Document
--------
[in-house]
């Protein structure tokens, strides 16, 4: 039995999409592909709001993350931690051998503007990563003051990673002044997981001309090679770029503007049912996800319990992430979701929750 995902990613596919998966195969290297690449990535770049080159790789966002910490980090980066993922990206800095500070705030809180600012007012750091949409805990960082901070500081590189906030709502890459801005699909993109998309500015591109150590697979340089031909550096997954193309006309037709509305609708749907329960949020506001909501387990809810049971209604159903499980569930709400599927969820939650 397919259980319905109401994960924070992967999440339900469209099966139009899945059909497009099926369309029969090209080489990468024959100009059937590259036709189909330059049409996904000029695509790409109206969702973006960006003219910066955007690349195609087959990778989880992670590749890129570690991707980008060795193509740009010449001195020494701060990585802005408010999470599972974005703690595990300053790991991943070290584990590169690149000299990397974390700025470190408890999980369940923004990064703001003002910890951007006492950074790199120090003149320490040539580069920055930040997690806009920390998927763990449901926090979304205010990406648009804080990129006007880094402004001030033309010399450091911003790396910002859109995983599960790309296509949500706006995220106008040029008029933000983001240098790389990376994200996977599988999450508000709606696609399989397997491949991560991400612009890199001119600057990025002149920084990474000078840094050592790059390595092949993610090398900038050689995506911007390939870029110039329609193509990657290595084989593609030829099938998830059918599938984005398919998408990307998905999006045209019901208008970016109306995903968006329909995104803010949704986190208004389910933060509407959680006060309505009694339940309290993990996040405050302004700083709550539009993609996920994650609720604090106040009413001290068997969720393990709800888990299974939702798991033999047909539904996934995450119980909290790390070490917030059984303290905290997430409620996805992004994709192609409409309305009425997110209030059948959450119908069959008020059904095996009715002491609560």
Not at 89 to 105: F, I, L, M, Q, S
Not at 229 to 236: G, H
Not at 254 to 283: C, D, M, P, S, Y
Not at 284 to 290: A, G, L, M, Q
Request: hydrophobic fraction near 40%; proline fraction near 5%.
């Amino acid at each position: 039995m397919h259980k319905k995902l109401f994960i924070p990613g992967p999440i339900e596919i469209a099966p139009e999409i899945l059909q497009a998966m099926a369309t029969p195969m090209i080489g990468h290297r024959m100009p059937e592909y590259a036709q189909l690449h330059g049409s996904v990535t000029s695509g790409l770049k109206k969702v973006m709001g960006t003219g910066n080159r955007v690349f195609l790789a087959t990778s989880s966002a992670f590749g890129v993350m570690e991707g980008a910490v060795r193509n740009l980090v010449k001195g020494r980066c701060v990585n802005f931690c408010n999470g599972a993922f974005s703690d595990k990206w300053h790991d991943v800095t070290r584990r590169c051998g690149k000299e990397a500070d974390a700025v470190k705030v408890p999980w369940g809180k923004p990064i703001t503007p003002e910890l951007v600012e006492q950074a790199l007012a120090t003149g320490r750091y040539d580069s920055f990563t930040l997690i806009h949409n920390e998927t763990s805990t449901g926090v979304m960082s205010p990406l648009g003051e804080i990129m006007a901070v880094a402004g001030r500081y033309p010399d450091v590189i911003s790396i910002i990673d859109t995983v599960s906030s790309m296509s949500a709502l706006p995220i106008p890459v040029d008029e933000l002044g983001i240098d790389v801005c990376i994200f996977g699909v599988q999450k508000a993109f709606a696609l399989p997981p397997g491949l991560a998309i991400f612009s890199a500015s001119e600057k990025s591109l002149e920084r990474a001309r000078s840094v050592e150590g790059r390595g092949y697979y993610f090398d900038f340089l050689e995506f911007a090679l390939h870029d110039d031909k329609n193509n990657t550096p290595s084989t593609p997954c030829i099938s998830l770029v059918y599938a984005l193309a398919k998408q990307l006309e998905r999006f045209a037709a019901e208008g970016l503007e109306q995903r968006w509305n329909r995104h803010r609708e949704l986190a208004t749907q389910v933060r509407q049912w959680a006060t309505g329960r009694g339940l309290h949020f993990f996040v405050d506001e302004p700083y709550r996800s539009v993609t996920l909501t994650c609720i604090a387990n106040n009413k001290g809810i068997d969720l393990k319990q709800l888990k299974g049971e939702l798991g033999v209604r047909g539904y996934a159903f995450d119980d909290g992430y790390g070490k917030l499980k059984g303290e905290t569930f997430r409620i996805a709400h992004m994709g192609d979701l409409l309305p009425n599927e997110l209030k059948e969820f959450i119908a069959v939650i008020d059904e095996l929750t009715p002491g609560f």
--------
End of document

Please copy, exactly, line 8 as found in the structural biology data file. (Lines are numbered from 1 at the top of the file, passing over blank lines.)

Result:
């Amino acid at each position: 039995m397919h259980k319905k995902l109401f994960i924070p990613g992967p999440i339900e596919i469209a099966p139009e999409i899945l059909q497009a998966m099926a369309t029969p195969m090209i080489g990468h290297r024959m100009p059937e592909y590259a036709q189909l690449h330059g049409s996904v990535t000029s695509g790409l770049k109206k969702v973006m709001g960006t003219g910066n080159r955007v690349f195609l790789a087959t990778s989880s966002a992670f590749g890129v993350m570690e991707g980008a910490v060795r193509n740009l980090v010449k001195g020494r980066c701060v990585n802005f931690c408010n999470g599972a993922f974005s703690d595990k990206w300053h790991d991943v800095t070290r584990r590169c051998g690149k000299e990397a500070d974390a700025v470190k705030v408890p999980w369940g809180k923004p990064i703001t503007p003002e910890l951007v600012e006492q950074a790199l007012a120090t003149g320490r750091y040539d580069s920055f990563t930040l997690i806009h949409n920390e998927t763990s805990t449901g926090v979304m960082s205010p990406l648009g003051e804080i990129m006007a901070v880094a402004g001030r500081y033309p010399d450091v590189i911003s790396i910002i990673d859109t995983v599960s906030s790309m296509s949500a709502l706006p995220i106008p890459v040029d008029e933000l002044g983001i240098d790389v801005c990376i994200f996977g699909v599988q999450k508000a993109f709606a696609l399989p997981p397997g491949l991560a998309i991400f612009s890199a500015s001119e600057k990025s591109l002149e920084r990474a001309r000078s840094v050592e150590g790059r390595g092949y697979y993610f090398d900038f340089l050689e995506f911007a090679l390939h870029d110039d031909k329609n193509n990657t550096p290595s084989t593609p997954c030829i099938s998830l770029v059918y599938a984005l193309a398919k998408q990307l006309e998905r999006f045209a037709a019901e208008g970016l503007e109306q995903r968006w509305n329909r995104h803010r609708e949704l986190a208004t749907q389910v933060r509407q049912w959680a006060t309505g329960r009694g339940l309290h949020f993990f996040v405050d506001e302004p700083y709550r996800s539009v993609t996920l909501t994650c609720i604090a387990n106040n009413k001290g809810i068997d969720l393990k319990q709800l888990k299974g049971e939702l798991g033999v209604r047909g539904y996934a159903f995450d119980d909290g992430y790390g070490k917030l499980k059984g303290e905290t569930f997430r409620i996805a709400h992004m994709g192609d979701l409409l309305p009425n599927e997110l209030k059948e969820f959450i119908a069959v939650i008020d059904e095996l929750t009715p002491g609560f």